Law number 6 of 1983 (Law No. 6/1983) which was last amended by Law No. 16/2009 on General Tax Provisions and Procedures regulates that the Indonesian tax system is based on residency.
Both natural persons and legal entities that satisfies certain criteria must register for an Initial Taxpayer Number or Nomor Pokok Wajib Pajak (NPWP) which further grants them with certain taxation rights and obligation.
Indonesia has several taxes, namely:
- Income tax (pajak penghasilan)
- Value added Tax/VAT (Pajak pertambahan nilai or PPN)
- Luxury Good Sales Tax (Pajak Penjualan atas Barang Mewah or PPn BM)
- Land and Building Tax (Pajak Bumi dan Bangunan or PBB)
- Regional taxes and retribution (Pajak dan Retribusi Daerah).
Indonesian residents shall be taxed on their worldwide income while non-Indonesian residents are only taxed on their income source from Indonesia. An Indonesian Limited Liability company, regardless of its investment status, is treated as a resident of Indonesia for tax purposes. A foreign legal entity carrying out business activities using the permanent establishment (PE)/Badan Usaha Tetap (BUT) framework in Indonesia will generally have the same tax obligations as a resident taxpayer.
Taxable business profits are calculated on the basis of normal accounting principles modified by certain tax adjustments. A flat rate of 22% is generally applicable for the 2021 fiscal year. Starting on fiscal year 2022 however, a flat rate of 20% will apply. Limited Liability Companies of which 40% of their shares are traded in the Indonesian stock exchange that satisfy other conditions are entitled to get a 3% lower tax rate than normal.
Small enterprises with an annual turnover of not more than Rp 50 billion are entitled to a 50% discount of the standard tax rate which is imposed proportionally on taxable income of the part of gross turnover up to Rp 4.8 billion (around US$331,623). Enterprises with a gross turnover of not more than Rp 4.8 billion are subject to a Final Tax at 0.5% of turnover.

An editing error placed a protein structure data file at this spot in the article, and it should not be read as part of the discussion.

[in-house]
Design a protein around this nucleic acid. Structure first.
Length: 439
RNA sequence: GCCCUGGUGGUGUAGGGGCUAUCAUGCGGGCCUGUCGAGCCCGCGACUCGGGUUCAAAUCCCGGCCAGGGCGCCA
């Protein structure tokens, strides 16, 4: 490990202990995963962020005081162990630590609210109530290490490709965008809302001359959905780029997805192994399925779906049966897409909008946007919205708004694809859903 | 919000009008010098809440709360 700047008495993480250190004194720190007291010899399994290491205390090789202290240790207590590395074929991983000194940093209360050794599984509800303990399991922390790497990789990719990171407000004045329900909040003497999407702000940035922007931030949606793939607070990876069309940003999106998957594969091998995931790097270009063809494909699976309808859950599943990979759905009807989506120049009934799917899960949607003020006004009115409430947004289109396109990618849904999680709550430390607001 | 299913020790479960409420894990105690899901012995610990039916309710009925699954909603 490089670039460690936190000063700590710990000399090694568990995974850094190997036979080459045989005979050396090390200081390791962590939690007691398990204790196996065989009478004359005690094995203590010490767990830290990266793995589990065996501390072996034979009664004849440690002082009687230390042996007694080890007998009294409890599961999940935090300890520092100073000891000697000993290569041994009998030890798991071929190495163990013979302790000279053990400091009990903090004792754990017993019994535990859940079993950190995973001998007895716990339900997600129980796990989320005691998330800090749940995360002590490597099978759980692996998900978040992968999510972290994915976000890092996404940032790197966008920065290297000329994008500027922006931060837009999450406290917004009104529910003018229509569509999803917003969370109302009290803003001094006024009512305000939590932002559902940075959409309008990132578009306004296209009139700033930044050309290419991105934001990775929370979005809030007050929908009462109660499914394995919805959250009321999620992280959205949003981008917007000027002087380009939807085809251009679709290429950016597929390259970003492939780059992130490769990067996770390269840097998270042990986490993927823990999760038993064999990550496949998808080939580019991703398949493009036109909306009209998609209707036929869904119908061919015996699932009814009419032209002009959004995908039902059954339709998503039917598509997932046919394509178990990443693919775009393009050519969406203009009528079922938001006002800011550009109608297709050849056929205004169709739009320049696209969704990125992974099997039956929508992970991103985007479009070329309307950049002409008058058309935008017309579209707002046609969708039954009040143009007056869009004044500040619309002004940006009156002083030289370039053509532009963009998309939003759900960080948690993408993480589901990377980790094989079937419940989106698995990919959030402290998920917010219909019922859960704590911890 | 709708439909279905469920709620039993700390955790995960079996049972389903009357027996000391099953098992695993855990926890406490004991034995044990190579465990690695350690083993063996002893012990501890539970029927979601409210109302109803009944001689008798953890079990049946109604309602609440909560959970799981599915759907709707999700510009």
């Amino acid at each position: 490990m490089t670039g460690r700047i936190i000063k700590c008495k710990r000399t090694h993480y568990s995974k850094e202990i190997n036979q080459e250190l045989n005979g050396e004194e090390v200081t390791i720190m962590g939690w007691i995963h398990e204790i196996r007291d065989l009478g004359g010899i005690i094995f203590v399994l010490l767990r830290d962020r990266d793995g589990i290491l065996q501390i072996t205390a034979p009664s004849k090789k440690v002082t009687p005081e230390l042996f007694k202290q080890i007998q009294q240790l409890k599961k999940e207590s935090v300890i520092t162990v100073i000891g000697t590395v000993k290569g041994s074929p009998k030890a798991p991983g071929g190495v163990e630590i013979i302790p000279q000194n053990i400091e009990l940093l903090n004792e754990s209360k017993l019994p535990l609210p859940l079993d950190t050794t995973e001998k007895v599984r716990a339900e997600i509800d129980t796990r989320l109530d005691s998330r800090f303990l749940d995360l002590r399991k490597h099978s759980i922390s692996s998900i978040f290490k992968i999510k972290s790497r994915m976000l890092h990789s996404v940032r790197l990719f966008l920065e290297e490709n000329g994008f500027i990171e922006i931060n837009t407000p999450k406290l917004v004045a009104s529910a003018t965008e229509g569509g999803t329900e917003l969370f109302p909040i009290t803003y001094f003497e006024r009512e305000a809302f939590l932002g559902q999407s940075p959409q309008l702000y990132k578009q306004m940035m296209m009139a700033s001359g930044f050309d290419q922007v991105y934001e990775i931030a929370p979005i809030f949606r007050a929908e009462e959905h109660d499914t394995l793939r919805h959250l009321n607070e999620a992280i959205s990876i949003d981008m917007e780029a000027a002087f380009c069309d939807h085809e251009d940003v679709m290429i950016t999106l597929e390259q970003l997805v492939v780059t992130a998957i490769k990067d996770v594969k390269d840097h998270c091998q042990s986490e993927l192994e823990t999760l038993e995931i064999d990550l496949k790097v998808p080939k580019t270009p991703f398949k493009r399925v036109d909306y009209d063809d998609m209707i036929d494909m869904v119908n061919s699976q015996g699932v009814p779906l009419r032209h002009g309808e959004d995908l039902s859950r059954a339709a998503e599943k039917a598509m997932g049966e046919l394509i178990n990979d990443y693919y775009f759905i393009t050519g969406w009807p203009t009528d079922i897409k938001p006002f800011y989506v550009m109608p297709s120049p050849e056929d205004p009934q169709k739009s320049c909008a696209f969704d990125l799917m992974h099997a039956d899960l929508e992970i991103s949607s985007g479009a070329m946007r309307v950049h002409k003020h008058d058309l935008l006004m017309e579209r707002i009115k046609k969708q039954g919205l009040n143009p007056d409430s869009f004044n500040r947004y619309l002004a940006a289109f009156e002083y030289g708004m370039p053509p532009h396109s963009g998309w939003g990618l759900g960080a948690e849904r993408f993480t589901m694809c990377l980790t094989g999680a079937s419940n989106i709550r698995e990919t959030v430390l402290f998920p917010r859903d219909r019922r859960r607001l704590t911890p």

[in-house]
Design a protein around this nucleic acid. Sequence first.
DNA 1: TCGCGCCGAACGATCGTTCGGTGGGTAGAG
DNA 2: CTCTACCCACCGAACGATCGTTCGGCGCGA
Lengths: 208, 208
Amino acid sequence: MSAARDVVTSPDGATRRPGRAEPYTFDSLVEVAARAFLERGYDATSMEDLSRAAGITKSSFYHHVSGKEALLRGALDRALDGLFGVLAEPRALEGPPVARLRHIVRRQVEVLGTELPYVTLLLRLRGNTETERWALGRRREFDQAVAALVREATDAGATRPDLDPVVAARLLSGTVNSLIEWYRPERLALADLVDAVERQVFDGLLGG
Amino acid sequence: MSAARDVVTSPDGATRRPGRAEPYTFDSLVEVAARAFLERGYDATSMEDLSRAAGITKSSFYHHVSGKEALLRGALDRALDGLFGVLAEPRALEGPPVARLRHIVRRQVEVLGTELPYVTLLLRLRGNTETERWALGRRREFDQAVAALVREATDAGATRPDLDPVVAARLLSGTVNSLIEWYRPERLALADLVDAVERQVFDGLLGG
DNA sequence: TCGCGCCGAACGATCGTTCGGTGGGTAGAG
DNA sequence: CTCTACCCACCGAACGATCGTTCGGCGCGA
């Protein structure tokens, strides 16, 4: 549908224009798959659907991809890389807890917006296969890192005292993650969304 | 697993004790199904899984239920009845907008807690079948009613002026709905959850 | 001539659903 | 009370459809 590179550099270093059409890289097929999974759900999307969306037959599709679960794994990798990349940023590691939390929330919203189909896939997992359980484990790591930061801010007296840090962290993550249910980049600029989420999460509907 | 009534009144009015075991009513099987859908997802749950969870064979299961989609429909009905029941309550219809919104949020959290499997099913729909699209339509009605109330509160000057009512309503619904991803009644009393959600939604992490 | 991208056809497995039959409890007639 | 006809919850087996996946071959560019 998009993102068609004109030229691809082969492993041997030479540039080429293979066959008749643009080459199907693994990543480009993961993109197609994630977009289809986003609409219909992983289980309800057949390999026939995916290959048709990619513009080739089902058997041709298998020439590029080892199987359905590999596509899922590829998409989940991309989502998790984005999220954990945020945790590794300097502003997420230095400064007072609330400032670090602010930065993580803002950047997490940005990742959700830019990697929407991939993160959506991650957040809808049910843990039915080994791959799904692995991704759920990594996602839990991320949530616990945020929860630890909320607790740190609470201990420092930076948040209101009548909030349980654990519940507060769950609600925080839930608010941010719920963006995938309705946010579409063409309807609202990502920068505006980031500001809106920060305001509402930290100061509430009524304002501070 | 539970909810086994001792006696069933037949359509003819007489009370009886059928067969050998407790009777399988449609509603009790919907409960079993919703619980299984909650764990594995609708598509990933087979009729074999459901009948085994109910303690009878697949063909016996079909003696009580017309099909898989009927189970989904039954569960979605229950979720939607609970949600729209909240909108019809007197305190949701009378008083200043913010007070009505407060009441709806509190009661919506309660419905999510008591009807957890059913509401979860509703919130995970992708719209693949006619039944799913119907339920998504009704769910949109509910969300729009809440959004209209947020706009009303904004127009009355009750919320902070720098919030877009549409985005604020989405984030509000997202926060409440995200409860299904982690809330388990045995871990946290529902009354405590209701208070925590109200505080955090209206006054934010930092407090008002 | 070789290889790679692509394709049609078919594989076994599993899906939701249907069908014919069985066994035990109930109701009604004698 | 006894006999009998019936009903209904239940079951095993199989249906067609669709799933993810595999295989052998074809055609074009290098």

Capital Gain Tax
Capital gain tax also applies on corporate taxation under a progressive rate of between 5% and 25%, which varies on the tax object, capital gain source, and business activity.
Most expenses incurred in deriving business income may be deducted. These include wages, fees, interest, rent, royalties, travel expenses, bad debts, insurance premiums, administration costs and levies, depreciation and amortization, operating losses and contributions, and approved pension funds. Non-deductible items include the payment of dividends, unapproved reserves, fringe benefits, charitable contributions and the income tax itself.
Based on the Government Regulation No. 36/2008, losses can only be compensated for five years, although it may be extended to 10 years under certain terms and conditions. Investments in certain sectors and regions may get a tax facility of 30% deduction of the invested amount from the taxable profit over a period of six years of 5% for each year. Exempt from this regulation are investments located in Integrated Economic Development Zones (KAPET), of which their tax facilities fall under Government Regulation No. 147/2000.
As mentioned above, the periodic payment of tax liabilities to the State Treasury must be made through a designated tax-payment bank (bank persepsi), and relevant tax returns must be filed through a tax office. Depending on the tax obligation, the payments and tax returns filing for a particular tax must be undertaken monthly and/or annually. These payments and filing obligations can also be conducted electronically.